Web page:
Lugosi in the 1931 version of Dracula.
What the hell had I gotten myself into? I innocently came in for lamb chops and now felt like I was the object of social and political disdain. I thought about leaving and not subjecting myself to any more ridicule or mockery, but that great lamb chop review from my friend kept ringing in my ear.
So, I ordered my food and for the time being things seem to calm down. I thought I was finally out of the woods. I was wrong. As I bit into my Caesar salad, an old client of mine approached my table. There was not even a pretense of a greeting as he started right in on his admonishment of me for my support of Donald Trump. Evidently, he had also seen the aforementioned commotion, and felt no hesitation in criticizing what he believed to be my distorted viewpoint. He said that he had fond memories of our business relationship (I sold his house), but he was surprised that he had not known that my judgment was so questionable.
Now totally on the defensive, I tried to philosophically explain that I knew Trump was flawed like all humans, but I felt he had made some righteous decisions. My client was no fan of my philosophy, though, and he dismissed my words as gibberish. He said goodbye and I couldn't help feeling that I had lost an argument and a client.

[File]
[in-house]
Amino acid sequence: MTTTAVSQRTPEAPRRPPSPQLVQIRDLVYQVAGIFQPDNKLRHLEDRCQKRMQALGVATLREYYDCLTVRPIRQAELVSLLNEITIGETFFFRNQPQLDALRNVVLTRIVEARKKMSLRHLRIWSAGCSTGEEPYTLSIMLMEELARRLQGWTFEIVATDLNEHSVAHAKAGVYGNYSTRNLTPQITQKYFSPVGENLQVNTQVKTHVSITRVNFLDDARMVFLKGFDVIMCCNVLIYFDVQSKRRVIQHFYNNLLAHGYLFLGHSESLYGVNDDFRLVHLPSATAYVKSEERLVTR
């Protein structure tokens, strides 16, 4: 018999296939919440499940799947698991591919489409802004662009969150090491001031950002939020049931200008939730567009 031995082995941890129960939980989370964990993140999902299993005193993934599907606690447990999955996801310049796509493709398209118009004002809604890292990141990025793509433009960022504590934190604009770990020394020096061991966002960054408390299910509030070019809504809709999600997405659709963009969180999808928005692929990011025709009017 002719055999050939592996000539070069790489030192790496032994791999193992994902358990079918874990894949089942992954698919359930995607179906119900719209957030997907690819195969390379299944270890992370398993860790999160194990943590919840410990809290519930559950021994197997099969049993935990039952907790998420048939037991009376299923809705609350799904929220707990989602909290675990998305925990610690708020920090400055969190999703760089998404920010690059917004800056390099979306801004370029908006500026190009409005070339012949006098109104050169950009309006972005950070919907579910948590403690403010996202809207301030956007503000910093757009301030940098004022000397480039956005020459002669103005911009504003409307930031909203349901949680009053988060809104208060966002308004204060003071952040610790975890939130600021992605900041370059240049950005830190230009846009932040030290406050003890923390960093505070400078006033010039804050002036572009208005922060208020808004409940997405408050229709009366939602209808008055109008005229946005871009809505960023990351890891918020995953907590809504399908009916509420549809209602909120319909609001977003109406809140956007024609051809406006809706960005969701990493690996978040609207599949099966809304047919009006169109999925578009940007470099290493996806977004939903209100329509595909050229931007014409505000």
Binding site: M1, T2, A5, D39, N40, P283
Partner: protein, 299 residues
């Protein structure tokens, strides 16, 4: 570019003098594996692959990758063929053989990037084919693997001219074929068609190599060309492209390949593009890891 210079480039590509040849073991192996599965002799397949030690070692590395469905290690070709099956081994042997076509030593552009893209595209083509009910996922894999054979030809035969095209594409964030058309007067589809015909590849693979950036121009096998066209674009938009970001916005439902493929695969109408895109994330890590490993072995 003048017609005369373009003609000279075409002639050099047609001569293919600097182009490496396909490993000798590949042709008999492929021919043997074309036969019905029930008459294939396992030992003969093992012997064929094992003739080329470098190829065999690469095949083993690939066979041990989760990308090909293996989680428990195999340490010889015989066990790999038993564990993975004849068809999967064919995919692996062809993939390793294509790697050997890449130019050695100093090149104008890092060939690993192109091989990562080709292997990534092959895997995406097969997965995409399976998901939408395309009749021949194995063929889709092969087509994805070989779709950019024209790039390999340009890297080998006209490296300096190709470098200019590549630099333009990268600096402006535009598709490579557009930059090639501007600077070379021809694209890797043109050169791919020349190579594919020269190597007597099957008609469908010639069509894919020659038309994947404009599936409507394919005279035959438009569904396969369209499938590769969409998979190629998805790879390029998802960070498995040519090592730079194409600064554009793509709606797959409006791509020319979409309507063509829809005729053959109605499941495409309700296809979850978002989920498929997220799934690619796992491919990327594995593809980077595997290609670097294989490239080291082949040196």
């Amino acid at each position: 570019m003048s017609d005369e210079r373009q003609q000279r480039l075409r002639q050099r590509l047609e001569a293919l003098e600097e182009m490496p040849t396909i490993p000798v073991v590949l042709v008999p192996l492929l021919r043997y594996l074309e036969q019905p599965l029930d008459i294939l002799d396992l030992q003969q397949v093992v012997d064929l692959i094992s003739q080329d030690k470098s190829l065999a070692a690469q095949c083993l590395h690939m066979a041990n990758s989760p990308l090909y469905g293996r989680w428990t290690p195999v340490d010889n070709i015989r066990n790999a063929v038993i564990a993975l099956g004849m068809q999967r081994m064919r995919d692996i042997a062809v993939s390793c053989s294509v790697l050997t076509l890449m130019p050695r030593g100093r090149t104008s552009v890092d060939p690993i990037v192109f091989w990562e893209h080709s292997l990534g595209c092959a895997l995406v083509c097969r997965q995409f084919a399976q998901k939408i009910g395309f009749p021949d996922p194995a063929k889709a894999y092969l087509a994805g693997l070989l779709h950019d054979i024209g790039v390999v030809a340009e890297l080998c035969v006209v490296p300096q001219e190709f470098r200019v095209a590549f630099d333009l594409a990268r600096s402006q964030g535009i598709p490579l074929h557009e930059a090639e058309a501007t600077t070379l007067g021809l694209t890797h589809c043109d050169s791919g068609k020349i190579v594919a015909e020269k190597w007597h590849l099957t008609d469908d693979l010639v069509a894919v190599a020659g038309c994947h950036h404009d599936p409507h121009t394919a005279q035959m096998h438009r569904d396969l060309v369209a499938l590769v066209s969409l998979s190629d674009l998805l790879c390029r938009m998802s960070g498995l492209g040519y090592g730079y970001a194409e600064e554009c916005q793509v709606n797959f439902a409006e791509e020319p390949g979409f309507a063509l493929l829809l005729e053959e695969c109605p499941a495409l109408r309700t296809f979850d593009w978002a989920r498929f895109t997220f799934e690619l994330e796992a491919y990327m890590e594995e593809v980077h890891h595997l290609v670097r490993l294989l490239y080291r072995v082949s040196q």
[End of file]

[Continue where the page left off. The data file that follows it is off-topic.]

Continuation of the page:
As the main course arrived, I bit into those great chops, but I was apprehensive about another possible attack. Luckily, I finished the meal with no further interruptions. I left the joint without looking up. I felt like Bill Buckner sneaking out of Shea after his momentous World Series error.
I found my car and thought at least the worst was over. I finally got home and felt safe. I was with my loving family, who rightly or wrongly shared my views. But once again, my optimistic outlook was
I turned on the computer and there it was-the email from hell. How ironic that I would receive it only an hour after my nightmarish restaurant episode. The email was from one of my dearest friends. He knew nothing about the restaurant situation but was up in arms concerning some of my recent Facebook posts. He said although we had been lifelong friends, he could no longer respect me.
He documented how he had been brought up in a liberal, empathetic home and that my conservative values were the polar opposite of any redeeming precepts that he lived by. He said to remain friends with me would be hypocritical and in some ways a betrayal to the lessons and values he had taught his own grown children. In short, he tore me a new one and he didn't see any way of reconciling our massive differences. He was righteous and I was not.
I was devastated. I'm no genius, but I'm no dummy either. I'm fairly well-read and my views have not been arrived at willy-nilly. To attack me because I think differently seemed unfair and arrogant. My friend sort of put himself in a holier-than-thou place, where his ideas were high-minded, and any opposing views were evil.